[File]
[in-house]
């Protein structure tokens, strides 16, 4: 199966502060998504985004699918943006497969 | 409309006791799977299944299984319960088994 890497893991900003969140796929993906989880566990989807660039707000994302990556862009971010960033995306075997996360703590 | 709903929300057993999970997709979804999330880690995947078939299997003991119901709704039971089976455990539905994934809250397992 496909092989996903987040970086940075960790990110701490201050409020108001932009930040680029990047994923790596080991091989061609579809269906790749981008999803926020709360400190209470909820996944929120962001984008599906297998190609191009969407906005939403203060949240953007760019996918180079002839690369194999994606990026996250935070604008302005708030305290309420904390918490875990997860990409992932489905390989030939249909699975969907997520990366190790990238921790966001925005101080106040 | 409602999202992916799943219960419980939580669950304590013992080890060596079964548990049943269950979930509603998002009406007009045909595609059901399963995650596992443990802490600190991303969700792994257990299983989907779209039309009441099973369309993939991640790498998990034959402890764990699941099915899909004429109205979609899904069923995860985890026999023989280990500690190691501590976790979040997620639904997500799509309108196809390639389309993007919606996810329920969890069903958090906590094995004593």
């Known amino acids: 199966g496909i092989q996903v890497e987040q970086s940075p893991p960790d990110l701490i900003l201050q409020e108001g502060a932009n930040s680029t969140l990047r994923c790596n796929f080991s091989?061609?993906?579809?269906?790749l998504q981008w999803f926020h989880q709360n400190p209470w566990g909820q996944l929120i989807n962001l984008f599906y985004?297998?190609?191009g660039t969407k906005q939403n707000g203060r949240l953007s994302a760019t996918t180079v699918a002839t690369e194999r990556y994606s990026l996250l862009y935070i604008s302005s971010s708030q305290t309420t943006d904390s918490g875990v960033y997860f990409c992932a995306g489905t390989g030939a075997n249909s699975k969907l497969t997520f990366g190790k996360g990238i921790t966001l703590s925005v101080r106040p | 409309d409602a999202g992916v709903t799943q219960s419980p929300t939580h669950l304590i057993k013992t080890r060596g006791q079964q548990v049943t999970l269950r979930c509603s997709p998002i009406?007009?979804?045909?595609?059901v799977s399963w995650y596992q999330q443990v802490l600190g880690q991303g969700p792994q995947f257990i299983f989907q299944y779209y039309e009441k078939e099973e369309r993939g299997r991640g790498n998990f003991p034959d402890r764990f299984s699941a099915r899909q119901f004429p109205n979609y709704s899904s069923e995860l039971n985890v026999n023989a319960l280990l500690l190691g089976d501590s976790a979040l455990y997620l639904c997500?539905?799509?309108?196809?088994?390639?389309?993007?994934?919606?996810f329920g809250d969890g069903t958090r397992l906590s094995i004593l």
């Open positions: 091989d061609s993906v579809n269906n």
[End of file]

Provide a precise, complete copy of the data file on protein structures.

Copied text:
[in-house]
């Protein structure tokens, strides 16, 4: 199966502060998504985004699918943006497969 | 409309006791799977299944299984319960088994 890497893991900003969140796929993906989880566990989807660039707000994302990556862009971010960033995306075997996360703590 | 709903929300057993999970997709979804999330880690995947078939299997003991119901709704039971089976455990539905994934809250397992 496909092989996903987040970086940075960790990110701490201050409020108001932009930040680029990047994923790596080991091989061609579809269906790749981008999803926020709360400190209470909820996944929120962001984008599906297998190609191009969407906005939403203060949240953007760019996918180079002839690369194999994606990026996250935070604008302005708030305290309420904390918490875990997860990409992932489905390989030939249909699975969907997520990366190790990238921790966001925005101080106040 | 409602999202992916799943219960419980939580669950304590013992080890060596079964548990049943269950979930509603998002009406007009045909595609059901399963995650596992443990802490600190991303969700792994257990299983989907779209039309009441099973369309993939991640790498998990034959402890764990699941099915899909004429109205979609899904069923995860985890026999023989280990500690190691501590976790979040997620639904997500799509309108196809390639389309993007919606996810329920969890069903958090906590094995004593």
């Known amino acids: 199966g496909i092989q996903v890497e987040q970086s940075p893991p960790d990110l701490i900003l201050q409020e108001g502060a932009n930040s680029t969140l990047r994923c790596n796929f080991s091989?061609?993906?579809?269906?790749l998504q981008w999803f926020h989880q709360n400190p209470w566990g909820q996944l929120i989807n962001l984008f599906y985004?297998?190609?191009g660039t969407k906005q939403n707000g203060r949240l953007s994302a760019t996918t180079v699918a002839t690369e194999r990556y994606s990026l996250l862009y935070i604008s302005s971010s708030q305290t309420t943006d904390s918490g875990v960033y997860f990409c992932a995306g489905t390989g030939a075997n249909s699975k969907l497969t997520f990366g190790k996360g990238i921790t966001l703590s925005v101080r106040p | 409309d409602a999202g992916v709903t799943q219960s419980p929300t939580h669950l304590i057993k013992t080890r060596g006791q079964q548990v049943t999970l269950r979930c509603s997709p998002i009406?007009?979804?045909?595609?059901v799977s399963w995650y596992q999330q443990v802490l600190g880690q991303g969700p792994q995947f257990i299983f989907q299944y779209y039309e009441k078939e099973e369309r993939g299997r991640g790498n998990f003991p034959d402890r764990f299984s699941a099915r899909q119901f004429p109205n979609y709704s899904s069923e995860l039971n985890v026999n023989a319960l280990l500690l190691g089976d501590s976790a979040l455990y997620l639904c997500?539905?799509?309108?196809?088994?390639?389309?993007?994934?919606?996810f329920g809250d969890g069903t958090r397992l906590s094995i004593l």
């Open positions: 091989d061609s993906v579809n269906n």